“An Saol ó Dheas” i gCOC

Grianghraf – Ionad na Gaeilge Labhartha

Veain RnaG lasmuigh d’Áras Uí Rathaille i gColáiste ha h-Ollscoile, Corcaigh.

Tá an-chuid imeachtaí ar siúl i gColáiste na h-Ollscoile, Corcaigh chun ceiliúradh  a dhéanamh ar Sheachtain na Gaeilge. Mar chuid de na h-imeachtaí, do tháinig craoltóirí an chláir “An Saol ó Dheas” aniar ó Raidió na Gaeltachta Bhaile na nGall chugainn indé. Do craoladh an clár, le Helen Ní Shé á chur i láthair, beo ón tSeomra Chaidreamh in Áras Uí Rathaille i gceart-lár na h-Ollscoile.

Ar an gclár ‘bhí ceoltóirí den chéad scoth chomh maith le h-aíonna éagsúla ó Ionad na Gaeilge Labhartha agus ó ranna eile ins an Ollscoil. Do bhíos féin ar an gclár ag caint mar gheall ar mo chuid snámha féinig agus mar gheall ar an snámh atá pleanáilte ag an bhfoireann Crosóige Mara i Mí Iúil na bliana so. Tá an pod-chraoladh nasctha thíos:

Tosnaím-se ag caint timpeall leith-shlí istigh sa chlár ach b’fhiú duit cloisint leis an rud ar fad toisc go bhfuil an caighdeán cheoil sin agus cainteoirí chomh suimiúil sin ann…

CS&PF Dinner 2013

After crewing for four English Channel attempts this year, three of them Channel Swimming & Piloting Federation swims, I decided that I’d go to the annual CS&PF Dinner. The dinner took place in Dover Town Hall on Saturday, 2 March 2013.

I travelled over with Lisa Cummins, who completed her historic 2-way crossing in the two days before my own swim. Before arriving in Dover, we called in to visit David & Evelyn Frantzeskou at Varne Ridge Holiday Park. David & Evelyn’s hospitality is famous among Channel swimmers, particularly those from Ireland. They have a grassy area right on the cliff, from which you can see the French coast. In November, a new bench was placed here in memory of Páraic Casey. It’s an ideal place to sit and reflect on the challenge of swimming the Channel. Part of the Varne Ridge experience is the raising of your country’s flag when you get back from your successful swim and having your name added to the Wall with the names all other successful swimmers who have stayed there…

Photograph – Owen O'Keefe

A section of the wall at Varne Ridge Holiday Park, a favourite spot for Channel swimmers…

Examining the new plaques on the Wall is always great to waste some time. In the photo above, you can see a selection of the 2009 swimmers, including Andrea Gellan (SCO) who trained at the Cork Distance Week, Lisa Cummins (IRE), Liane Llewellyn-Hickling (GBR), Owen O’Keefe (IRE), Julie Galloway-Farrell (TEX-IRE) and Dairmuid Boyle (IRE). We are all very luck to be on the patch of wall as Trent Grimsey (AUS) who broke the World Record with his 6 hour 55 minute swim on 8 September 2012.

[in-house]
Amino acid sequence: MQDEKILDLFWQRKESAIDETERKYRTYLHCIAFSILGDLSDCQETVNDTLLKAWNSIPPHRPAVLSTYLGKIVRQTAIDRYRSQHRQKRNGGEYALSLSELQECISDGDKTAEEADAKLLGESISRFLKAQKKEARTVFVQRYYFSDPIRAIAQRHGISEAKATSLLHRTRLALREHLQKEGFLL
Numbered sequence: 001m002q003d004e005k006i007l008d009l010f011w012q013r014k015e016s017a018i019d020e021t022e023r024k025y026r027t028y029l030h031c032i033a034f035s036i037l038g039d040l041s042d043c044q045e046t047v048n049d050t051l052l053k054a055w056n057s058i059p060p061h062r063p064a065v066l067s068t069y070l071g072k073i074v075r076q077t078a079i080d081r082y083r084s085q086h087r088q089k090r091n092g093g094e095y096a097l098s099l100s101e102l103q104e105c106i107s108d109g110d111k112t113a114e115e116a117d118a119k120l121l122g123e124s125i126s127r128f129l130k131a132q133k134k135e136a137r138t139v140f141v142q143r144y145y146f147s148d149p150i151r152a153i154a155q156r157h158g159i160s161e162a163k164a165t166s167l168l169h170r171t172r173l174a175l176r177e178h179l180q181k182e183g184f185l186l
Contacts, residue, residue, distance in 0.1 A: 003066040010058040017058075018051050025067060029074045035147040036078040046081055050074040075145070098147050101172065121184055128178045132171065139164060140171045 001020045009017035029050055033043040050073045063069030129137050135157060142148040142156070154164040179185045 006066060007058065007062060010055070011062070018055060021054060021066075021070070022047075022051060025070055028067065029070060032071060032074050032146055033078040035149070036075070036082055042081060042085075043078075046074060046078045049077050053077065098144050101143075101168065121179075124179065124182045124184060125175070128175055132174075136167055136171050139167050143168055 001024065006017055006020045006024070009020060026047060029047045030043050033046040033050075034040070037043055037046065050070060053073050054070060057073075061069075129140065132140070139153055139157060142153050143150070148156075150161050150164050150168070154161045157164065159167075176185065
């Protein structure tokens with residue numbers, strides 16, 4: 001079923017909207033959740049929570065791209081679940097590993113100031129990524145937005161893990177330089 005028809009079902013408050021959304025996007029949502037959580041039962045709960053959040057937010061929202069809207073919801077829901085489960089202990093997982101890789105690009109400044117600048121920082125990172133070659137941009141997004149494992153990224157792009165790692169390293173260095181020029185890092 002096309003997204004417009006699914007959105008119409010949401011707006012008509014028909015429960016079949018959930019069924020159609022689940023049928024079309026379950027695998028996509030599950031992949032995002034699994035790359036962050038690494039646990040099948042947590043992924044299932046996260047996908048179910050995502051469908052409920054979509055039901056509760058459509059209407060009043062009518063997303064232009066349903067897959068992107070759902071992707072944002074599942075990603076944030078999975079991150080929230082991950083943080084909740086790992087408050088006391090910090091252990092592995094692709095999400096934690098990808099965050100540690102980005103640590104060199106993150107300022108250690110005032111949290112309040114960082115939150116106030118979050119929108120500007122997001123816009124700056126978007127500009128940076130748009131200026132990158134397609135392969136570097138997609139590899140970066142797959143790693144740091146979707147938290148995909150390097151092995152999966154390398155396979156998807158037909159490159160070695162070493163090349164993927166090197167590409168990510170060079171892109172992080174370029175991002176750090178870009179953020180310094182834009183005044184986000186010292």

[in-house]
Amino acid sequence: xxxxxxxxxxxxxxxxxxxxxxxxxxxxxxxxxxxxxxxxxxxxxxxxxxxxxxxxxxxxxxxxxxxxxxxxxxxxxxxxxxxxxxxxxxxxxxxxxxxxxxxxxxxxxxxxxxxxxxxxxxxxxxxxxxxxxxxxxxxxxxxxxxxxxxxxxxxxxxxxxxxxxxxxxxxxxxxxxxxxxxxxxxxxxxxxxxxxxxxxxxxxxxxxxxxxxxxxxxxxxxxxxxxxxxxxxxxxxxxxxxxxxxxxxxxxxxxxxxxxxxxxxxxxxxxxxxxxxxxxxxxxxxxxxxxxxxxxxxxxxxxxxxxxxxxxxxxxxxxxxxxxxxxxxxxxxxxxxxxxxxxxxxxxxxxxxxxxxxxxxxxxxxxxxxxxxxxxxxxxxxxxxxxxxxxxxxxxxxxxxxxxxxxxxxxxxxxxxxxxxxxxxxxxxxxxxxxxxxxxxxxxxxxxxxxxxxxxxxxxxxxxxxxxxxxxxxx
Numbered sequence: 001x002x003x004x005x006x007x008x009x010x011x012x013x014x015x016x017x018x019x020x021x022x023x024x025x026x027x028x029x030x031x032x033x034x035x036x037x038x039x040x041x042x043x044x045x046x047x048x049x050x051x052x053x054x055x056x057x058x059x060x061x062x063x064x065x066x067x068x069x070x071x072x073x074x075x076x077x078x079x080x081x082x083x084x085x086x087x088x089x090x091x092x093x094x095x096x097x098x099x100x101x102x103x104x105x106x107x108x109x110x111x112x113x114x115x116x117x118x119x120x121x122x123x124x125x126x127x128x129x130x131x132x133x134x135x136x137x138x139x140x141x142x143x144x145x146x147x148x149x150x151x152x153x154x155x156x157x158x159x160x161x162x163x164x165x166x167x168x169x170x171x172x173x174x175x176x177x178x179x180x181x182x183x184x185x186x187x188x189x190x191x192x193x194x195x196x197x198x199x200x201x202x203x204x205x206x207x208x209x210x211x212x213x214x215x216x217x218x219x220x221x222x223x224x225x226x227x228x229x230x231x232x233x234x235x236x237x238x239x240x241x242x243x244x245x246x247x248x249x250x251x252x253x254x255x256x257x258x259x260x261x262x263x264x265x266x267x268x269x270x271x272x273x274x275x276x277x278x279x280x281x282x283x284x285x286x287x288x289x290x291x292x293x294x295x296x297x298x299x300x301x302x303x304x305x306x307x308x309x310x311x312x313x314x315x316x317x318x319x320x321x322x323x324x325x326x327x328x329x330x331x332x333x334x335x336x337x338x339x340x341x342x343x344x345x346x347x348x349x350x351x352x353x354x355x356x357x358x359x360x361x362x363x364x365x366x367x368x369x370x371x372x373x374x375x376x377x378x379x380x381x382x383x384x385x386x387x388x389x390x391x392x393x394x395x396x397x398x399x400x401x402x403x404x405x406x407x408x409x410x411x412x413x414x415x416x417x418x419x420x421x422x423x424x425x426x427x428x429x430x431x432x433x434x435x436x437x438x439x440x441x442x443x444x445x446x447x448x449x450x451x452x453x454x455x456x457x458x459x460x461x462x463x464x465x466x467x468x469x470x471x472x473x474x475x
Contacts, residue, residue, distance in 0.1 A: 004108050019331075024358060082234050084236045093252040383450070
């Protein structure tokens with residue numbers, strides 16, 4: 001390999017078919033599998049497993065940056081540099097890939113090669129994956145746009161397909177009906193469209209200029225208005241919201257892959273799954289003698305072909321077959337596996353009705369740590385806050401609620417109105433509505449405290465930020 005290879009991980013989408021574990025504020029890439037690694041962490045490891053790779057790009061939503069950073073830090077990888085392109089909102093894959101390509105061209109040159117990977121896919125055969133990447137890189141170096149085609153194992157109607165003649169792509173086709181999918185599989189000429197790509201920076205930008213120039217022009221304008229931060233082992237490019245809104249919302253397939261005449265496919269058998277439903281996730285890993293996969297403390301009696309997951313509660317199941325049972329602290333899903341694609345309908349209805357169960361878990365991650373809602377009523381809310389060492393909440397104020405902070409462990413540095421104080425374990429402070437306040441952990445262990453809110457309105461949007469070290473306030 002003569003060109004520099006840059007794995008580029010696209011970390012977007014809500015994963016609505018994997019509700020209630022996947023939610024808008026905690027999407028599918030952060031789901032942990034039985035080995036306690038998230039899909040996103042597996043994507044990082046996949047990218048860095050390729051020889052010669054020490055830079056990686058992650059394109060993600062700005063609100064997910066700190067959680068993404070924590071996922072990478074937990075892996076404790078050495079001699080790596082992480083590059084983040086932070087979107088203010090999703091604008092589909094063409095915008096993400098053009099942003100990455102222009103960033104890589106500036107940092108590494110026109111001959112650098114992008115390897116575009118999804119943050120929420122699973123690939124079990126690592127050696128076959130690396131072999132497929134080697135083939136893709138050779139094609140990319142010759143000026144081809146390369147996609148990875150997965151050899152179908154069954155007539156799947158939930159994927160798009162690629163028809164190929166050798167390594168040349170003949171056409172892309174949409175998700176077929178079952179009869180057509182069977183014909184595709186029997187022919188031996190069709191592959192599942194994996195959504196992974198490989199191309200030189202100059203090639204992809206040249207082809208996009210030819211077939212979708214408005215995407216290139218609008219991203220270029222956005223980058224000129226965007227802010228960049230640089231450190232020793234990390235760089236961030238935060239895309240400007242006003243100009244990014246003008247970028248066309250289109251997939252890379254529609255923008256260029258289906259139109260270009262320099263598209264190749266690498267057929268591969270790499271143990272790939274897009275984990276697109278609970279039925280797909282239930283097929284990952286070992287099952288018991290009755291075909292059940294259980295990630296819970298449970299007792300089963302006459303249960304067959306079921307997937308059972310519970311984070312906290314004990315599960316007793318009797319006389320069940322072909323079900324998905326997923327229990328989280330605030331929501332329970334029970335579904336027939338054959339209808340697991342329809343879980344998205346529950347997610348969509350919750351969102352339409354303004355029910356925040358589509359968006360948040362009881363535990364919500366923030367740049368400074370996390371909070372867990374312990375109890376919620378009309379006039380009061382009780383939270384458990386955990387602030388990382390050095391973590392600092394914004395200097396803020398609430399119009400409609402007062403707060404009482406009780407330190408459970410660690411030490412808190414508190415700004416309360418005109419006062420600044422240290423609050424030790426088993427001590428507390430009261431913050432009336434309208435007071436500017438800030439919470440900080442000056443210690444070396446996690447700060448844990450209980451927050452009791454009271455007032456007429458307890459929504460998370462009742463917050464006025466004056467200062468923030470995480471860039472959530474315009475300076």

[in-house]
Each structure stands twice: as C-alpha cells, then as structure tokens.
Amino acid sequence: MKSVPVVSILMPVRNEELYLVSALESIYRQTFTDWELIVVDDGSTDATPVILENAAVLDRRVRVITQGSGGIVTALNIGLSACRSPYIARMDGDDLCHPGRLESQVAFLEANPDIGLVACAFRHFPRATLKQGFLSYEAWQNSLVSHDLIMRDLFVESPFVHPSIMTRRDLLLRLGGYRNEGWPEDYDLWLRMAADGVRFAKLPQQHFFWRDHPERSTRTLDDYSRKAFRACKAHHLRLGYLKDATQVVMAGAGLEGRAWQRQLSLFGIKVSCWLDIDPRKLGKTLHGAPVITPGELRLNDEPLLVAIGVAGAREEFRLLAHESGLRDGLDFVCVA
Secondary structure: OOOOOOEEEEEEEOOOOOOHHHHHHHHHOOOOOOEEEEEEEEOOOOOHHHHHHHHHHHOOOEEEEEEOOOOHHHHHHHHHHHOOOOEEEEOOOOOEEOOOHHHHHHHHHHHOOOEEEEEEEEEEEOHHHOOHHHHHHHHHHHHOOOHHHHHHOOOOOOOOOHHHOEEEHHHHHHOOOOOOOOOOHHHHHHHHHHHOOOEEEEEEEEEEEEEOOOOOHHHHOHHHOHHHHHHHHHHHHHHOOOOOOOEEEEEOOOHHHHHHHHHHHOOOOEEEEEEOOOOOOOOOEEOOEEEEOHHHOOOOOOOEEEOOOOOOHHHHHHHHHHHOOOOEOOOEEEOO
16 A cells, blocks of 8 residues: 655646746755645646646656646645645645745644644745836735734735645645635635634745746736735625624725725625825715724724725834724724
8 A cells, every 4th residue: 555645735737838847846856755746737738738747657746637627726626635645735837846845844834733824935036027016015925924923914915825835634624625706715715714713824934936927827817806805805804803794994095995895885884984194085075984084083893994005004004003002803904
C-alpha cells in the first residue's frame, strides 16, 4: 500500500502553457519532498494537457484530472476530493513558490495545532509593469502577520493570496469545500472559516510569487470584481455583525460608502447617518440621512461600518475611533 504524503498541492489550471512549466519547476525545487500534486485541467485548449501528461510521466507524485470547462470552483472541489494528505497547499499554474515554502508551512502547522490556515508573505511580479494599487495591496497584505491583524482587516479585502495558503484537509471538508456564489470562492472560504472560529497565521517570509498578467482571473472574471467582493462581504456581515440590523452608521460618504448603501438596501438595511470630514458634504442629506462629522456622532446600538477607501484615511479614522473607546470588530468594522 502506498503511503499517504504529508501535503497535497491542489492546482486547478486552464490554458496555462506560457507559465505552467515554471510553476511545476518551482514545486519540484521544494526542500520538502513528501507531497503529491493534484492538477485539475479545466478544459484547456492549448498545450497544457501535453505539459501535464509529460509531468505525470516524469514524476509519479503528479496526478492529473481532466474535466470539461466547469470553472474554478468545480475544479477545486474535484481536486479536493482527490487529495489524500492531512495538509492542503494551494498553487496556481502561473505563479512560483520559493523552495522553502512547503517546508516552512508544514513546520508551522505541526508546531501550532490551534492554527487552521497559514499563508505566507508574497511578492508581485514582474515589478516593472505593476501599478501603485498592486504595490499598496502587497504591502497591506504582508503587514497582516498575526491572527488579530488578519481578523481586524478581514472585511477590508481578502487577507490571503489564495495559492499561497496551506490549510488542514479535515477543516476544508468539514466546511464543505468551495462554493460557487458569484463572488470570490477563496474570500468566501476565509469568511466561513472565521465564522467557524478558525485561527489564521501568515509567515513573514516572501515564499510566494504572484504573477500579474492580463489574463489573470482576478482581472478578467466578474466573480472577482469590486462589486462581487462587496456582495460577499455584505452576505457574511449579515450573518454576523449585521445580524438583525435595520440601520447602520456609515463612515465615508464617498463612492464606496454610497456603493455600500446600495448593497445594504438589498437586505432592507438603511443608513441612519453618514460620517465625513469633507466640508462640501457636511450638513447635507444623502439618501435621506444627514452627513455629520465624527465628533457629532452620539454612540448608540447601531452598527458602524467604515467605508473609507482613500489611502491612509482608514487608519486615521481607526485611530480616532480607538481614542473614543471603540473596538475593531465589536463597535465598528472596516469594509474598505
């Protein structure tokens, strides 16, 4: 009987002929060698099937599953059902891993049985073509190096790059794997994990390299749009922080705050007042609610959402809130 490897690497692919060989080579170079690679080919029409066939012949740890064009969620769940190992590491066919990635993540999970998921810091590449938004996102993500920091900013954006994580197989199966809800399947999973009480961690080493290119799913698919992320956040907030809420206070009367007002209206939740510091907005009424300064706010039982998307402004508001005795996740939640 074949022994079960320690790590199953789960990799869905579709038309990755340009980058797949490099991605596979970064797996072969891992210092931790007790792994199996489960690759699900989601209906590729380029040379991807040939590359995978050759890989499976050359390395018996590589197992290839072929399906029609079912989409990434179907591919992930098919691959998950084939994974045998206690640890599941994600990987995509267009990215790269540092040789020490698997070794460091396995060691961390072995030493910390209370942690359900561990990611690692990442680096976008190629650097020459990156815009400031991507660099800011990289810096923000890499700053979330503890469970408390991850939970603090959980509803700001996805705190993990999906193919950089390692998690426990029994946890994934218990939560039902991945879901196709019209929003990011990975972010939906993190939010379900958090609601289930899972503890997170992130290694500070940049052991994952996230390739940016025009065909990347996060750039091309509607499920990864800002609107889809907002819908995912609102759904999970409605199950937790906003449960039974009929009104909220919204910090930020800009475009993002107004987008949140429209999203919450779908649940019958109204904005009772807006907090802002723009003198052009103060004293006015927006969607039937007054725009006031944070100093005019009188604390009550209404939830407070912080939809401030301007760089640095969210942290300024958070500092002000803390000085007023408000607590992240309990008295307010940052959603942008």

Before heading to the Dinner, we met up with other Channel swimming junkies over from Ireland: Donal Buckley and his partner Dee, Ned Denison and Fionnuala Walsh. There was also a mandatory trip to the White Horse pub where successful swimmers get to sign their names on the wall, if they can find a space, that is!

On arrival in what is surely one of Dover’s finest buildings, the Town Hall, we met very many familiar faces from the last few years and put some faces to names (as I explained in my guest post on, the open water swimming community is close-knit with most of us knowing each other online but not having a clue what we look like)! As well as meeting a lot of past Channel swimmers, we were also introduced to all of this season’s CS&PF swimmers through this video:

Ireland did very well in the awards this year: Tom Healy (Dublin) was award the Des Renford Award for the “most meritorious swim of the year by a man” and Fionnuala Walsh (Clare) was awarded the Jersey Long Distance Swimming Club Award for the “most successful swim against all odds”. Trent Grimsey was, naturally enough, awarded the “Eurotunnel” Trophy for the “fastest CS&PF swim of the year”.

It was a fantastic occasion. Well done to Michelle and Emma who organised the whole evening, they did a great job! I’m looking forward to next year…

Overnight Swim for Down Syndrome Ireland

In July of 2013, six swimmers (Caitlin Desmond, Owen O’Keefe, Maeve Ryan, Lynne Lynch, Carol Cashell and Eoin O’Riordan), collectively called Crosóige Mara, will attempt an English Channel 2-way relay crossing in aid of Down Syndrome Ireland. We are very ambitious and are hoping to make lots of money for this great charity and break the Irish record for this swim by completing the 2-way crossing in under 24 hours…

Logo – Maeve Ryan

Crosóige Mara, Channel Relay Team 2013

In order to raise more money for the swim, Dolphin Masters SC are hosting an overnight pool swim. If you would like to take part, here are the details:

  • When: 21:00 on Saturday, 29th December to 05:00 on Sunday, 30th December.
  • Where: Mayfield Sports Complex, Cork (Northside).
  • Price: €20 for any 2 hours or €50 for the entire 8 hours.
  • Options: Swimming will be in repeat 100 m swims. You can swim for 8 hours, swim for 1 hour and rest for 30 minutes or do what you can when you can…
  • Lanes: Five lanes will be in use. There will be one lane repeating on 1:40, another on 1:50, another on 2:00, another on 2:10 and another lane for leisure…

Please note that you must be at least 16 years old in order to take part. Also, tea/coffee and snacks will be available but you will need to bring your own energy drinks if you want them. If you would like to take part, or have any questions, please send an e-mail to Carol Cashell on in good time…

Logo – DSI

Down Syndrome Ireland – providing information, advice and a voice for people with Down syndrome and their parents/guardians across Ireland.

You can follow Crosóige Mara on Twitter @CrosoigeMara and you can donate online through our iDonate page. Thanks to everyone for their support so far!